Using an innovative gene-manipulating technique, scientists have found a way to decrease the number of the global mortality rate of malaria disease. The new breed of mosquitoes is now capable of killing malaria parasite inside their bodies.
For the first time in history, scientists have armed these malaria-killing mosquitoes with another genetic ability. After several experiments, the mosquitoes can now pass their disease-destroying genes to another mosquito at the rate of 99.5 percent.
According to Ethan Bier from UC San Diego, if there are 100 million mosquitoes in an environment, and they released 1 million genetically modified mosquitoes in the same area, the malaria-killing gene could be spread throughout the entire population of mosquitoes in just one season. Bier is also one of the scientists who developed the malaria-resistant mosquitoes.
Scientists from the University of California Irvine (UCI) helped Bier and his team to modify the mosquitoes. UCI's Anthony A. James found a way to splice a gene that helps the mosquito to pump out antibodies against the parasite while Bier's team created a method to perpetuate the gene to the future generation of mosquitoes-- at the rate of 99.5 percent.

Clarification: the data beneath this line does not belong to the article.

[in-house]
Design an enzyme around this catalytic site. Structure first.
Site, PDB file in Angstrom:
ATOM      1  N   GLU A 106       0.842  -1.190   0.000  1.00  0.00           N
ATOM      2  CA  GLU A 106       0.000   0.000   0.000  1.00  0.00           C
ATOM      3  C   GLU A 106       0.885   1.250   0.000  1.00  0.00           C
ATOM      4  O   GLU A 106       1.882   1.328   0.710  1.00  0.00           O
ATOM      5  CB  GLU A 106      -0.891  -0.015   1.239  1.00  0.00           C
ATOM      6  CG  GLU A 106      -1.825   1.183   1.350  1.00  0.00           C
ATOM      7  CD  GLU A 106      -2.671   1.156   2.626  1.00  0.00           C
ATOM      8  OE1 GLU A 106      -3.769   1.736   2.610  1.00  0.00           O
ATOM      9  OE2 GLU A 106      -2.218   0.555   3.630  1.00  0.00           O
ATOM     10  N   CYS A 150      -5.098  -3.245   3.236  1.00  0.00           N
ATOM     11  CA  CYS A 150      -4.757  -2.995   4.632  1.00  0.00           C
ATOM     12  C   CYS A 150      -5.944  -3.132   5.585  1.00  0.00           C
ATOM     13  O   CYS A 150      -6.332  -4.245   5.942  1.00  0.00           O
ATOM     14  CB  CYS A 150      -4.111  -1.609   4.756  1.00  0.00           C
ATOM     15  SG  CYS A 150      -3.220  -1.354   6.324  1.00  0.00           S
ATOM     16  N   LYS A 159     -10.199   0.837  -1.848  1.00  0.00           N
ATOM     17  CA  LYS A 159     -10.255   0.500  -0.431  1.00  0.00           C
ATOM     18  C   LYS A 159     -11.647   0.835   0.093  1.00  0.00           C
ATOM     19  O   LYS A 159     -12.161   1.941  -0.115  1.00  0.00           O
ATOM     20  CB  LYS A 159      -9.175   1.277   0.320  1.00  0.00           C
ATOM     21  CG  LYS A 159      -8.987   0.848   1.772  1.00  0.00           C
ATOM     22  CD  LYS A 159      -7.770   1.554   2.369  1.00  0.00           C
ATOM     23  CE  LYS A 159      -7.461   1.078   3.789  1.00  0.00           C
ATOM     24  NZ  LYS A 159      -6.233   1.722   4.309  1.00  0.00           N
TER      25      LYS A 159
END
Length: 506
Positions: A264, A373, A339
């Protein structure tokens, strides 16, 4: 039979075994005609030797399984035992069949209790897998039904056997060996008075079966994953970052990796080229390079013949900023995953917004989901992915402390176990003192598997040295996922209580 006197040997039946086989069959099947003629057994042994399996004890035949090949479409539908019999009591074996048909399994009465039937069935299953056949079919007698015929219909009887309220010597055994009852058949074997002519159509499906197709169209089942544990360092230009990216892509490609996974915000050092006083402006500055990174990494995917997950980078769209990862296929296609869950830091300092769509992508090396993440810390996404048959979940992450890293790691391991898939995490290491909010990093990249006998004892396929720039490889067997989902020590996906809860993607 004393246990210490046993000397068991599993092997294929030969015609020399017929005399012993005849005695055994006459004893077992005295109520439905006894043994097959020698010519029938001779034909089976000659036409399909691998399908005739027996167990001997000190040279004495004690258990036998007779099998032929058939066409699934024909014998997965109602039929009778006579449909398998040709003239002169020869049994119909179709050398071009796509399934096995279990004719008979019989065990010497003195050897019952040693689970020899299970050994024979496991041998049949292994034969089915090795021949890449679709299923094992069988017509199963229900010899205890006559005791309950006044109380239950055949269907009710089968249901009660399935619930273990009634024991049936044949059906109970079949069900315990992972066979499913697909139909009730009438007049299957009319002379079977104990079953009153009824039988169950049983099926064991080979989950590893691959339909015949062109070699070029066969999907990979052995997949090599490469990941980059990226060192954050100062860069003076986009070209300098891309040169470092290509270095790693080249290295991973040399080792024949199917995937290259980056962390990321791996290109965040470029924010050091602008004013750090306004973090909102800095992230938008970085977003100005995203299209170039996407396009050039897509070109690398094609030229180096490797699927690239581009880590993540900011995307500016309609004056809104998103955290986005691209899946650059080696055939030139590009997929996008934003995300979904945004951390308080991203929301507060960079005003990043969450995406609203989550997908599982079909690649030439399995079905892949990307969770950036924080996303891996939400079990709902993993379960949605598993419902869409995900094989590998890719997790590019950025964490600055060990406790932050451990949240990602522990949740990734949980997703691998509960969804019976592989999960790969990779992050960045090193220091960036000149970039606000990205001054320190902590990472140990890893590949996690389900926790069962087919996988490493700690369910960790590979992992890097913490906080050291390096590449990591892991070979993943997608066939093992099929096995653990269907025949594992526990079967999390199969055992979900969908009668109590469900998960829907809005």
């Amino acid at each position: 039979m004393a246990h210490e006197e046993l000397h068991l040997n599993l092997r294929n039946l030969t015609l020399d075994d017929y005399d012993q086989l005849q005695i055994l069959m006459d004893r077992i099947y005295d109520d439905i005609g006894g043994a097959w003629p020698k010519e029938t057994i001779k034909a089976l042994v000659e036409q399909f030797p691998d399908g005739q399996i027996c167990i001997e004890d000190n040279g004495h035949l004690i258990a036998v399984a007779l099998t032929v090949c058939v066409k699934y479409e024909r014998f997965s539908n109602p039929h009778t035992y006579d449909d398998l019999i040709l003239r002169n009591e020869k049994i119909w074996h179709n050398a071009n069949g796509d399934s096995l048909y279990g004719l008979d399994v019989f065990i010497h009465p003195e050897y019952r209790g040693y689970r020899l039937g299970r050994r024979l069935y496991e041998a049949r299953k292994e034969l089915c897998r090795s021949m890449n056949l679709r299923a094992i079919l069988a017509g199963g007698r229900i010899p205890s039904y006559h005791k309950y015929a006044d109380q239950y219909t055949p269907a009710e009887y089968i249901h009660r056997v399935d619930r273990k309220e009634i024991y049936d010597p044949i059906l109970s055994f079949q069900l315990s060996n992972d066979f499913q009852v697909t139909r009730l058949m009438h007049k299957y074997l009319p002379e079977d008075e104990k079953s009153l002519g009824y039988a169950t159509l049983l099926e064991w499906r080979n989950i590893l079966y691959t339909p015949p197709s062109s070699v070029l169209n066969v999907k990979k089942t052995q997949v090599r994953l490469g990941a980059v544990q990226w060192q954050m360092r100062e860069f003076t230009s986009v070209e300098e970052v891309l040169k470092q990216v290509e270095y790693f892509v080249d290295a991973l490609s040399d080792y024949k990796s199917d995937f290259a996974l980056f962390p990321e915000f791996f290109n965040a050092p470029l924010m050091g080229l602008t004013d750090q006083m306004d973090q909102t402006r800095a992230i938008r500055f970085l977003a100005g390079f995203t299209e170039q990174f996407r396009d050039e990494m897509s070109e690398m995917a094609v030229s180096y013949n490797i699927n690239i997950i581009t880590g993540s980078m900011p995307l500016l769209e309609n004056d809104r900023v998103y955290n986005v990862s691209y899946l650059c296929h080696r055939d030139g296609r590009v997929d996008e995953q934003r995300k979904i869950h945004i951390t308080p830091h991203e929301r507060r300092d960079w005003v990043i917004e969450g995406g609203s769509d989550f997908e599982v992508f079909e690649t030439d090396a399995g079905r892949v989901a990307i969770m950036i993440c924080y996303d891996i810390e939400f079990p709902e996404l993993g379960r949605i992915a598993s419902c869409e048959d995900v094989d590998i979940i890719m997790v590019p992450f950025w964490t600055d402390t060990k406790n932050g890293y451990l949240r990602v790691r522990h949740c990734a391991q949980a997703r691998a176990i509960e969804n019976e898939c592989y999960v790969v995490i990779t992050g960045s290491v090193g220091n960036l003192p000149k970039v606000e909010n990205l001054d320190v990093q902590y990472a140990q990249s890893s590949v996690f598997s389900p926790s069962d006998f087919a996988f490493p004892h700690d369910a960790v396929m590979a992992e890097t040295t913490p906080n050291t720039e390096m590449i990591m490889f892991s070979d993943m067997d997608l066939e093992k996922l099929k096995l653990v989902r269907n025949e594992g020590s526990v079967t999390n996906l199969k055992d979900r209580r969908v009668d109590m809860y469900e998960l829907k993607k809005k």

In 2012, the mosquitoes could only pass on their malaria-resistant genes by as much as 50 percent. At that rate, it would take a long time for the mosquitoes to spread the gene while thousands of people die due to malaria.
"It had to be better than that," James said in a published report from LA times.
The latest strategy was an appealing choice for conservationists. Some scientists proposed that they should kill the entire species of mosquitoes to stop the spread of malaria. Fortunately, James' approach was softer and do not harm the mosquitoes.
It is also better for the environment, according to Gregory Lanzaro of UC Davis, who is an expert on how diseases spread through insects. He explained that if the mosquitoes were wiped out, it could create more harmful pests that could destroy the ecosystem.
The latest study was published this week in the journal Proceedings of the National Academy of Sciences.
Malaria parasite exploits the mobile and blood-feeding mosquito as its transportation. As the mosquitoes bite its victim, it passes malaria to more fertile host. Malaria spreads quickly and can spew out more progeny.
According to World Health Organization, more than 3.2 billion people - nearly half of the world's population - are at risk of malaria. Moreover, the disease kills over 600,000 people every year.